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Police officers on the scene in Sayreville, N.J. where Eunice K. Dwumfour, was found shot dead on Feb. 2.BRYAN ANSELM/The New York Times News Service

A young mother who served on her borough council in New Jersey was found shot to death in an SUV parked outside her home, authorities said.

Sayreville Councilwoman Eunice Dwumfour, 30, was found at around 7:20 p.m. Wednesday, according to the Middlesex County prosecutor’s office. She had been shot multiple times and was pronounced dead at the scene.

Dwumfour, a Republican, was elected to her first three-year term in 2021, when she ousted a Democratic incumbent. Colleagues recalled her as a soft-spoken devout Christian who could maintain her composure in contentious situations.

“She was a 30-year-old woman. To have this happen in such a tragic way, I mean, our hearts are just broken and everybody wants an answer,” said Karen Bailey Bebert, the local GOP chairwoman who served as her campaign manager. “So we’re waiting with bated breath.”

Authorities have not made any arrests or said whether they believe the motive for the slaying might be personal or political.

In a 2021 campaign interview, Dwumfour described herself as a proud graduate of Newark public schools who earned a degree in women’s studies at William Patterson University while working part-time as an EMT.

She said she moved to Parlin, a section of Sayreville, after graduating “because of the tremendous public safety work the community does.” That interest fuelled her run for council, where she served as a liaison to the police department now helping to investigate her death.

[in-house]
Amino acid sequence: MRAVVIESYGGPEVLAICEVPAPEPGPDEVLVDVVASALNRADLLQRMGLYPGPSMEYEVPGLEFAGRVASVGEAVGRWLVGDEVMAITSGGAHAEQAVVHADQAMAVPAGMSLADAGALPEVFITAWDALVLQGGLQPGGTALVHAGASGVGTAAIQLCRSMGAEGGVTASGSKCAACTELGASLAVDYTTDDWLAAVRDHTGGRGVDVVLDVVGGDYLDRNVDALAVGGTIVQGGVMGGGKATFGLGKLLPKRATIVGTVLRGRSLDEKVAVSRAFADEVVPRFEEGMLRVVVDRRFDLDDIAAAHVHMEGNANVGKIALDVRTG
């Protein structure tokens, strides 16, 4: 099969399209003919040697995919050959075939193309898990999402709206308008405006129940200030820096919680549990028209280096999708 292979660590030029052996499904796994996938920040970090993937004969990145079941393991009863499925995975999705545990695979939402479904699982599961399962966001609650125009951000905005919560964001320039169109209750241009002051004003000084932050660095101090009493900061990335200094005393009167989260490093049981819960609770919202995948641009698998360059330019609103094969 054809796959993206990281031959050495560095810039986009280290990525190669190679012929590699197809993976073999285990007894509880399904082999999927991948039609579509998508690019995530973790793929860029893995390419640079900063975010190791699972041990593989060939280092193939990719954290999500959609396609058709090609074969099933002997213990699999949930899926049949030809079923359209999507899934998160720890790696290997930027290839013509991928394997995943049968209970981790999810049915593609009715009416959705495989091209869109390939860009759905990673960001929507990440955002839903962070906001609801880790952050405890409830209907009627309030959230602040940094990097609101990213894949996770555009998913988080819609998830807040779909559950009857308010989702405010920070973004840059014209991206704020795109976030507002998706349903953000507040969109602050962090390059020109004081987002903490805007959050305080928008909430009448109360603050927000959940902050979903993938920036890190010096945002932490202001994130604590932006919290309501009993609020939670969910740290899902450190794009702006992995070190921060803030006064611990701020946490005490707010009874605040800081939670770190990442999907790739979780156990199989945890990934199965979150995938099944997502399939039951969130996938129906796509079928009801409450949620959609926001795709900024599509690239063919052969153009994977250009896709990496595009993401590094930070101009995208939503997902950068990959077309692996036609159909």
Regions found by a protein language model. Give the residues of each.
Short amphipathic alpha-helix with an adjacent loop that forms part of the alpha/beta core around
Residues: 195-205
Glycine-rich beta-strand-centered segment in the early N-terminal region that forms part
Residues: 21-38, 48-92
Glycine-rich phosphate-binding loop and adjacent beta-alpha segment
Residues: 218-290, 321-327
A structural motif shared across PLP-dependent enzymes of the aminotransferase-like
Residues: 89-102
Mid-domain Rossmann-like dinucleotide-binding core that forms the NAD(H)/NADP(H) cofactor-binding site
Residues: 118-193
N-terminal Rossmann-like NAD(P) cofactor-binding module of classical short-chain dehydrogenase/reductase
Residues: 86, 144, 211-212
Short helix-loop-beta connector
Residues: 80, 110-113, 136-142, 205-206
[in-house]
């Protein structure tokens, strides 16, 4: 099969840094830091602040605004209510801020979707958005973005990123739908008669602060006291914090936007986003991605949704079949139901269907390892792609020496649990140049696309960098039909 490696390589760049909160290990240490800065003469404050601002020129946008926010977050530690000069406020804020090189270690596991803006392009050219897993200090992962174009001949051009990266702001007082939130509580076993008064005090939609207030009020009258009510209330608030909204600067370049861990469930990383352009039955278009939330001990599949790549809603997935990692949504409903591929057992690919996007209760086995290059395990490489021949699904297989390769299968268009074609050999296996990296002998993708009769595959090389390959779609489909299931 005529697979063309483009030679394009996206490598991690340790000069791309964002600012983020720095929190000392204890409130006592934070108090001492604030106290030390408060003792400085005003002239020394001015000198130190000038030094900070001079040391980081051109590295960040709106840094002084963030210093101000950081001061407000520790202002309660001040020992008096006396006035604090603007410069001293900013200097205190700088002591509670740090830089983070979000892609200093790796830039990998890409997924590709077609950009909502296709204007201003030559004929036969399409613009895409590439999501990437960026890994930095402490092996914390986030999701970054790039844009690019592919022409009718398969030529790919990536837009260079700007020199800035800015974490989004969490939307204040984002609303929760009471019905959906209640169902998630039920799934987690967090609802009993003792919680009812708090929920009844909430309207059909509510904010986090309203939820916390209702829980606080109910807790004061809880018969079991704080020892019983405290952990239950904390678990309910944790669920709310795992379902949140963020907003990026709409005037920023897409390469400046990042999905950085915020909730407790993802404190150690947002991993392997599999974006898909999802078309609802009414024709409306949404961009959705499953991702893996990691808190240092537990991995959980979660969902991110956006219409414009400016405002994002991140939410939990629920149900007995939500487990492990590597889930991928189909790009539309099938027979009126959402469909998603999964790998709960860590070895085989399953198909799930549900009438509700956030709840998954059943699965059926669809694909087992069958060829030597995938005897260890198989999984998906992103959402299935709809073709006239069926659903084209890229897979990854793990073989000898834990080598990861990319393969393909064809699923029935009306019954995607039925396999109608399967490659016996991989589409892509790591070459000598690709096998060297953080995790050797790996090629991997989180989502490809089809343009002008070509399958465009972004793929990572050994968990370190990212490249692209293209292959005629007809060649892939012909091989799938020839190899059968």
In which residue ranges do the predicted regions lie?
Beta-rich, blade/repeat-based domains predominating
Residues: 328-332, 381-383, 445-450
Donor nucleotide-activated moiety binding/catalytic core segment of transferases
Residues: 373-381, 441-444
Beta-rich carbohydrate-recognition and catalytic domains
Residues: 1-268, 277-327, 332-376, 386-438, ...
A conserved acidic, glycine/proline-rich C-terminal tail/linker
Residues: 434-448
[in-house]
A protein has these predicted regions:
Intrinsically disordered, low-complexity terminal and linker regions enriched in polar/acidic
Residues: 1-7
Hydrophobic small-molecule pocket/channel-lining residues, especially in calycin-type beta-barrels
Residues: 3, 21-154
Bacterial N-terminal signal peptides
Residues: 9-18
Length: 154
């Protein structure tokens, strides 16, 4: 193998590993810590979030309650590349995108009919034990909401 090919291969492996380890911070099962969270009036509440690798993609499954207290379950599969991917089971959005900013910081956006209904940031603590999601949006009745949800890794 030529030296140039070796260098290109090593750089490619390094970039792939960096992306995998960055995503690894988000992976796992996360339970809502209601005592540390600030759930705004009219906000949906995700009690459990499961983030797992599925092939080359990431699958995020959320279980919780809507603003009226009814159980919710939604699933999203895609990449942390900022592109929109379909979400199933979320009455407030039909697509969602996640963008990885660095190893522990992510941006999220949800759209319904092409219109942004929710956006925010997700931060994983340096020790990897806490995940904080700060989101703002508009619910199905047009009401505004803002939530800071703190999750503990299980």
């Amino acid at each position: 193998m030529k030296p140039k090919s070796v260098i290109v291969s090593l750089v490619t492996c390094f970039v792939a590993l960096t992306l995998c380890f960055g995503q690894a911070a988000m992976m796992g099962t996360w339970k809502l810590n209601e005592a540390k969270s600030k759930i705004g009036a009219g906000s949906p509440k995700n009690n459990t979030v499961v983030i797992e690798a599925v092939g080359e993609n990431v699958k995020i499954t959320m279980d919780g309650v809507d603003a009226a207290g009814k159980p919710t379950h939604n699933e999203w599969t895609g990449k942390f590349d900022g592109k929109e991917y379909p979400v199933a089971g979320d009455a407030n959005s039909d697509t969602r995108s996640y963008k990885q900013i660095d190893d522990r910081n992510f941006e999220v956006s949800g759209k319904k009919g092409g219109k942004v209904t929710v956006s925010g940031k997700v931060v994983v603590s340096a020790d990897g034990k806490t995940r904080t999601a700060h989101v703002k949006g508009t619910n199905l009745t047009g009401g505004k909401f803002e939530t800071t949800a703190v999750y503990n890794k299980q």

“She just wanted to make a better community for all our children,” said Bebert, who served as her campaign manager.

Dwumfour, who had a school-age child, announced at a fall council meeting that she had recently gotten married, Bebert said. She was active in her church in Newark, she said.

Dwumfour worked in information technology, according to her LinkedIn page, where she posted last month that she was looking for a new opportunity. Her resume also said that she worked for six years with a religious non-profit group.

Several high-ranking state leaders, including Democratic Gov. Phil Murphy, issued statements expressing their grief over her death.

Bebert described Dwumfour as an outgoing person who “always had that beautiful smile on her face that you see in her picture.”

Sayreville, a borough of roughly 45,000 people, is about 30 miles (about 48.2 kilometers) south of Manhattan. At the scene Thursday, another car in the parking lot had damage apparently sustained when Dwumfour’s car rolled into it.

Bebert described Sayreville as a peaceful community and said Dwumfour lived in an attractive complex near an elementary school. She hopes to organize a vigil to celebrate what she called “a life cut too short by such a heinous criminal act.”

“She was so young,” she said. “It’s just rippling through the town.”